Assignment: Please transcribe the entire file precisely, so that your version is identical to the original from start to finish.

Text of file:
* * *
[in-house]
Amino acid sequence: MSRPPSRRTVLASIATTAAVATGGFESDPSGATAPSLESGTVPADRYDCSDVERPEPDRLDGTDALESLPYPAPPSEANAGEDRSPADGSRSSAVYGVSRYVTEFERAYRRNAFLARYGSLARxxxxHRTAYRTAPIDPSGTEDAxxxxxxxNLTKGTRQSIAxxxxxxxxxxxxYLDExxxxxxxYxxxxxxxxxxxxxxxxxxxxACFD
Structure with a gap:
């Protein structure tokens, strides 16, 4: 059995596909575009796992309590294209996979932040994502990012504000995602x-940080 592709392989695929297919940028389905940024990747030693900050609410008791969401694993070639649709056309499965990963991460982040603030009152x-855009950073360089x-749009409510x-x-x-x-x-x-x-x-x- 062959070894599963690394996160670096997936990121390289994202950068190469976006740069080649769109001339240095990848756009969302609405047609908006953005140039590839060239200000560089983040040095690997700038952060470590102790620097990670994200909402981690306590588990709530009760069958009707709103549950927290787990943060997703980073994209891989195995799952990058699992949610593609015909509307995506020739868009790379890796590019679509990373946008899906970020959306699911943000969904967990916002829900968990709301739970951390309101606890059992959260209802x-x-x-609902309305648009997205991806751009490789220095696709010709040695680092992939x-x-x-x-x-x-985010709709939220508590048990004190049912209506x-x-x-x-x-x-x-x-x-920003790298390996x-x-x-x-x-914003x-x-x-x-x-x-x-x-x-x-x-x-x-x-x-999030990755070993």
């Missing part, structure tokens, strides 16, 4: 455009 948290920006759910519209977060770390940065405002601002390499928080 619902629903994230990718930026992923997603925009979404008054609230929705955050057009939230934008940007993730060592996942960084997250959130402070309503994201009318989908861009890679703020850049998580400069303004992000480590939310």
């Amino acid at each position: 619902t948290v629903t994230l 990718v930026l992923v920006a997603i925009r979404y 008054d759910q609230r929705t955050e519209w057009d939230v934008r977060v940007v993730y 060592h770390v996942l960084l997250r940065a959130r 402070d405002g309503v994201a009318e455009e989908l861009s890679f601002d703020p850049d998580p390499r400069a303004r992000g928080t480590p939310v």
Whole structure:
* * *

[in-house]
Amino acid sequence: MSRPPSRRTVLASIATTAAVATGGFESDPSGATAPSLESGTVPADRYDCSDVERPEPDRLDGTDALESLPYPAPPSEANAGEDRSPADGSRSSAVYGVSRYVTEFERAYRRNAFLARYGSLARxxxxHRTAYRTAPIDPSGTEDAxxxxxxxNLTKGTRQSIAxxxxxxxxxxxxYLDExxxxxxxYxxxxxxxxxxxxxxxxxxxxACFD
Structure with a gap:
């Protein structure tokens, strides 16, 4: 059995596909575009796992309590294209996979932040994502990012504000995602x-940080 592709392989695929297919940028389905940024990747030693900050609410008791969401694993070639649709056309499965990963991460982040603030009152x-855009950073360089x-749009409510x-x-x-x-x-x-x-x-x- 062959070894599963690394996160670096997936990121390289994202950068190469976006740069080649769109001339240095990848756009969302609405047609908006953005140039590839060239200000560089983040040095690997700038952060470590102790620097990670994200909402981690306590588990709530009760069958009707709103549950927290787990943060997703980073994209891989195995799952990058699992949610593609015909509307995506020739868009790379890796590019679509990373946008899906970020959306699911943000969904967990916002829900968990709301739970951390309101606890059992959260209802x-x-x-609902309305648009997205991806751009490789220095696709010709040695680092992939x-x-x-x-x-x-985010709709939220508590048990004190049912209506x-x-x-x-x-x-x-x-x-920003790298390996x-x-x-x-x-914003x-x-x-x-x-x-x-x-x-x-x-x-x-x-x-999030990755070993």
């Missing part, structure tokens, strides 16, 4: 455009 948290920006759910519209977060770390940065405002601002390499928080 619902629903994230990718930026992923997603925009979404008054609230929705955050057009939230934008940007993730060592996942960084997250959130402070309503994201009318989908861009890679703020850049998580400069303004992000480590939310």
């Amino acid at each position: 619902t948290v629903t994230l 990718v930026l992923v920006a997603i925009r979404y 008054d759910q609230r929705t955050e519209w057009d939230v934008r977060v940007v993730y 060592h770390v996942l960084l997250r940065a959130r 402070d405002g309503v994201a009318e455009e989908l861009s890679f601002d703020p850049d998580p390499r400069a303004r992000g928080t480590p939310v």
Whole structure: